Traditions, no matter how seemingly insignificant and random, serve as priceless touchstones within the bond of family. Whether it is the burrito place we stop to eat at every time we go to Atlanta, our traditional Sunday brunch or the silly "Christmas Eve gift" we play annually--these repeated experiences are reminders in a chaotic world that there is a rhythm to family, history is being made and we are a part of something bigger than ourselves.
There are books and Pinterest boards that seek to inspire traditions--and I am all about intentionality--but I find that many of the traditions unique to our tribe happened rather accidentally. The silly song I sing when I tuck them in, for example... If I had realized how many years that would stick around I certainly would have put some more thought into it!
As my children age, I am also mindful that there are incredible moments when something from my own childhood is repeated--and seeing it again through the eyes of my children is nothing short of precious. Watching them pound on the same piano I always flocked to at my Grandmama's reminds me that these are moments they will one day reminisce about. These are our children's good ole days.
This weekend represented a very special rite of passage for the males in our crew--attendance at the Masters in Augusta.
My father-in-law bought his first Masters ticket in high school for $15 and has attended annually for the last 52 years since. My mother-in-law has been by his side for most of those.
It has been 31 years since my husband attended his first Masters with his father. Through the generosity of my father-in-law, they were able to begin the tradition with my sons this weekend.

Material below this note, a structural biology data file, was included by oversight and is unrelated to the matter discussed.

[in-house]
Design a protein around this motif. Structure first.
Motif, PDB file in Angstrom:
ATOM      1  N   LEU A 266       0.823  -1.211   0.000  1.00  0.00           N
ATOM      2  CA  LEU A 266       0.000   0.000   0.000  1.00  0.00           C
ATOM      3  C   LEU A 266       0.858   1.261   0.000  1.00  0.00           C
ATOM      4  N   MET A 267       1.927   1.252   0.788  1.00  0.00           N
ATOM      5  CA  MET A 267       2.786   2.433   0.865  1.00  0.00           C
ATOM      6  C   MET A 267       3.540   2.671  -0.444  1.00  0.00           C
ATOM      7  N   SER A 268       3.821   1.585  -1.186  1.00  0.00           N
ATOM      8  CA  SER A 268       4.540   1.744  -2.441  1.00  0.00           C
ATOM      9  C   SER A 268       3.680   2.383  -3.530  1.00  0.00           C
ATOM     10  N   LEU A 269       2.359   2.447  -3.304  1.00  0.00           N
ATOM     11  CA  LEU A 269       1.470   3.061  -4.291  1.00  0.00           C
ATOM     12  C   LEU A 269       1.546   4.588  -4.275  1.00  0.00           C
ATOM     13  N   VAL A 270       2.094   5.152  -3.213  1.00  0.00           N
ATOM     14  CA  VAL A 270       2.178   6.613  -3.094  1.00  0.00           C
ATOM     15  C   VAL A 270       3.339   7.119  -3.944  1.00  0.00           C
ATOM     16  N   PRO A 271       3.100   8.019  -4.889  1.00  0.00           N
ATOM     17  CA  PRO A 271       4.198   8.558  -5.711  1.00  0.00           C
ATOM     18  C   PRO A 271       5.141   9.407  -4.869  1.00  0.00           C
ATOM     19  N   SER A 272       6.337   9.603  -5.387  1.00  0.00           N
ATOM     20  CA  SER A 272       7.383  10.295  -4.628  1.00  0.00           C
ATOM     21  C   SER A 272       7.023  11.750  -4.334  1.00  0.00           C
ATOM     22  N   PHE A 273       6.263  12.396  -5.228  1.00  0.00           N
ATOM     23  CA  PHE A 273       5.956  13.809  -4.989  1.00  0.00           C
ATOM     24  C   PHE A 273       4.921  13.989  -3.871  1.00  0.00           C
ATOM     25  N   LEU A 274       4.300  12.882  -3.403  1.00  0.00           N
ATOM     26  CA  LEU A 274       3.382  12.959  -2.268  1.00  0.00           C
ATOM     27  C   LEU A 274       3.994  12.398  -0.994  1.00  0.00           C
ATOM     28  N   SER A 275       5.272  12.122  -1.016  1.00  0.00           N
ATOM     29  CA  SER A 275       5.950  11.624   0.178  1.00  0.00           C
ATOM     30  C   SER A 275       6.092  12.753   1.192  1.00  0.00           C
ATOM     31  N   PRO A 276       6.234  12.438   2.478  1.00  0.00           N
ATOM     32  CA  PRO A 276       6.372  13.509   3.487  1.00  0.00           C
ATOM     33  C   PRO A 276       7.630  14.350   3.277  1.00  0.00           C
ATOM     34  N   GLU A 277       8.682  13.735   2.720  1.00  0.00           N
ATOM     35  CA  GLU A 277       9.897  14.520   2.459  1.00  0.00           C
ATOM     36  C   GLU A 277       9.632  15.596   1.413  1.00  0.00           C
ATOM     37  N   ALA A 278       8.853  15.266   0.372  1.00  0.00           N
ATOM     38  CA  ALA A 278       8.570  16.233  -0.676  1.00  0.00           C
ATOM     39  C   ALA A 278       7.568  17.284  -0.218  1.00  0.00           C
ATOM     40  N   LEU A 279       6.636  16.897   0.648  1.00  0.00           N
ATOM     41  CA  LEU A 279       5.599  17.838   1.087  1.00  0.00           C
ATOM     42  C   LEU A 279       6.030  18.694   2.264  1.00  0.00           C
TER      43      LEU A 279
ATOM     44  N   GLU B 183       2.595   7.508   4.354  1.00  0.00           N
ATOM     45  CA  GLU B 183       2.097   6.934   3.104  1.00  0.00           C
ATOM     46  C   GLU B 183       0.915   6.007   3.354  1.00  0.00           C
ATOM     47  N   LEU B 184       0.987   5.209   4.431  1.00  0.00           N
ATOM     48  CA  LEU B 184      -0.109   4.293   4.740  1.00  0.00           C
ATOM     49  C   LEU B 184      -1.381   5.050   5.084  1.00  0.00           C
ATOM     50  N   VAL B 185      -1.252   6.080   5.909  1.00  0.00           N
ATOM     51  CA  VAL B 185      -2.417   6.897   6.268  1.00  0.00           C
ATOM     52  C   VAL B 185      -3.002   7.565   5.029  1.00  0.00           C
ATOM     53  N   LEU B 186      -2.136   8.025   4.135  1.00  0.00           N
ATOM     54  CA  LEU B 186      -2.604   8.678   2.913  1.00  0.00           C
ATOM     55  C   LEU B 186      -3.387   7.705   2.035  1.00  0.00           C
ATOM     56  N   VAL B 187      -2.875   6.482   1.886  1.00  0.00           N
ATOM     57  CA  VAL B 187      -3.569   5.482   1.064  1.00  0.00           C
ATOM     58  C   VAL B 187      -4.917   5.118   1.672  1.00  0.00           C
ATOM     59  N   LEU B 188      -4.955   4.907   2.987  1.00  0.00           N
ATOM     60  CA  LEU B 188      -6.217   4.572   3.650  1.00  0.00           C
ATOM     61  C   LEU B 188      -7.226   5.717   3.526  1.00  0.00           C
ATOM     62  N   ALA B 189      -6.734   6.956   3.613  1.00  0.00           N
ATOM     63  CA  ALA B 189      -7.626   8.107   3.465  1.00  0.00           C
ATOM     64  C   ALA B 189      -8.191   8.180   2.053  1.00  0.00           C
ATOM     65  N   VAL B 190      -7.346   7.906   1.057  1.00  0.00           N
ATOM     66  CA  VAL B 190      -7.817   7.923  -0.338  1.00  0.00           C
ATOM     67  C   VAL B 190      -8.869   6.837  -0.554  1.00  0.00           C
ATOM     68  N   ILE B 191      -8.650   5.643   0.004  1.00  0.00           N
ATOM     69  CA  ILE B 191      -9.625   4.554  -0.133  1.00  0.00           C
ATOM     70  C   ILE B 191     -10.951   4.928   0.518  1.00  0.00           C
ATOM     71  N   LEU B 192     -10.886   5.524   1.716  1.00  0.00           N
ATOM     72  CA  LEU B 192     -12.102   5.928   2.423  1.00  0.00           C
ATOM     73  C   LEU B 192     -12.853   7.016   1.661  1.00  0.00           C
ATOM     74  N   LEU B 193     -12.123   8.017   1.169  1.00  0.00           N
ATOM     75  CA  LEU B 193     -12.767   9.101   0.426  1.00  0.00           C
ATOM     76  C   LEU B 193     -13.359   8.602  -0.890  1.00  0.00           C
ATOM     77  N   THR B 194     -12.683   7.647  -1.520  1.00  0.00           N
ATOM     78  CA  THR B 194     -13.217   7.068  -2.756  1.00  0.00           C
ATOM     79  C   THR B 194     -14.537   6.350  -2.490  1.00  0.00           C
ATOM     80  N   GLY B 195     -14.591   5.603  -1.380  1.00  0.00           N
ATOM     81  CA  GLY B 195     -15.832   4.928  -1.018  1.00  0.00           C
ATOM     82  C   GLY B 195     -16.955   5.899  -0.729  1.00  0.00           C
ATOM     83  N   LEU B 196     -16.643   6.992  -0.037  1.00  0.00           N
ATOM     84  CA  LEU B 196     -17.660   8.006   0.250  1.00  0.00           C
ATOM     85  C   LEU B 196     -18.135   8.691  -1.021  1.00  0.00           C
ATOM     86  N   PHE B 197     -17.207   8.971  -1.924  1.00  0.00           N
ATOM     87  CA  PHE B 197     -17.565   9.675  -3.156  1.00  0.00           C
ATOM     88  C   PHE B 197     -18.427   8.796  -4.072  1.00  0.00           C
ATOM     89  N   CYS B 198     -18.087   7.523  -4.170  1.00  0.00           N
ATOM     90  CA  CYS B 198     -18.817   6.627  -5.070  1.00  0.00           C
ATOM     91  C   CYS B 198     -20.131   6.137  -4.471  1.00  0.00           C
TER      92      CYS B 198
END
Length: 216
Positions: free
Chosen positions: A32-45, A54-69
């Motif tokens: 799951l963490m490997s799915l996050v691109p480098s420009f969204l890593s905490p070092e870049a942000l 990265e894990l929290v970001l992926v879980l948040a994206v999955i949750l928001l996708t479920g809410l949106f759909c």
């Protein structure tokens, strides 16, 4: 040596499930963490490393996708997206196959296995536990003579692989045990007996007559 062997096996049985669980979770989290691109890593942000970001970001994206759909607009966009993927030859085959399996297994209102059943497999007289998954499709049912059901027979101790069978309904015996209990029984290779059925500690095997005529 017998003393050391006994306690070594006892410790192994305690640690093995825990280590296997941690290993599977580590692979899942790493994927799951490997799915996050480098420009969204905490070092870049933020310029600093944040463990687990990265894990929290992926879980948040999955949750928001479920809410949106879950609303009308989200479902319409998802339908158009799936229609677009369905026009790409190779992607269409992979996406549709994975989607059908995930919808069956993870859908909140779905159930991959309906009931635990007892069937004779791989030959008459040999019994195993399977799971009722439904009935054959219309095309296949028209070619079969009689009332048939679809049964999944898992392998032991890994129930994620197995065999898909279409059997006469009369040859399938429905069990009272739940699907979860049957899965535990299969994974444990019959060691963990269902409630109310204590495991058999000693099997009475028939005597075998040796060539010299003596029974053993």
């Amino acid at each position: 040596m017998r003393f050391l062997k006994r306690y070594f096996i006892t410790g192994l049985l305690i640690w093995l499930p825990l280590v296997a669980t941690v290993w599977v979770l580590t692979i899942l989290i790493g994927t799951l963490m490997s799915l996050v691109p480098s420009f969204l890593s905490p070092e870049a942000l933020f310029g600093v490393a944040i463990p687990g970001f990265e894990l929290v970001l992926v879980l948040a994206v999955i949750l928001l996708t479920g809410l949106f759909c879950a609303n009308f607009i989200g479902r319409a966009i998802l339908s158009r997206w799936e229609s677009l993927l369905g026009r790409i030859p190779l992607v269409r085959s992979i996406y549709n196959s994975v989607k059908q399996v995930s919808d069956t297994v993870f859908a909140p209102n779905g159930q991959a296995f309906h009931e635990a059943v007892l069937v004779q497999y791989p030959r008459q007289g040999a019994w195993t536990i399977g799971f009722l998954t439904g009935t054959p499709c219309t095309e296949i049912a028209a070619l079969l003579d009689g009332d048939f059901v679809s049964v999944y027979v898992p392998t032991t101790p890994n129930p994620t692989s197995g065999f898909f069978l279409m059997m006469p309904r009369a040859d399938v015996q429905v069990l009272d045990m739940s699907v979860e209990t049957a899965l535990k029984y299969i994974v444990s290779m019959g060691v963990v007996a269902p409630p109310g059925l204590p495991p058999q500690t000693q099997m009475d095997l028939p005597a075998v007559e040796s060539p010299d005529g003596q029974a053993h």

Saturday was R's turn. (He loved the strategy, the scoring, collecting cups and that the champion, Adam Scott, shares our name.)
Today it was P. (He was thrilled to get one of Freddy Couples' used golf tees, moving from hole to hole as often as possible and a quadruple turtle sighting at 16.)
K was invited but she declined on the grounds that she had no interest in being quiet and still all day. Judging from this picture, she may have been right :) She confessed today, after hearing the boys' stories, that she would definitely be ready next year!
Daddy & Granddaddy also had a ball with their young men. Each boy came back standing a little taller--a bit more of a young man than when they'd left. Amazing the impact of just one day of being a little man in the presence of elders!
For the last decade my husband & I have shared an annual date here, but it was time for me to pass the torch. Another reminder that seasons change and our people are growing up. We have other traditions. This is a sweet one to be shared!
And although I had my fears that something so special might be lost on children who aren't quite nine years old, they were quickly put to rest by the incessant chatter each afternoon about their adventure, the beaming smiles (on both boys and men) and the sweet words of P's prayer tonight:
"Dear God, thank you for the best day EVER. Amen."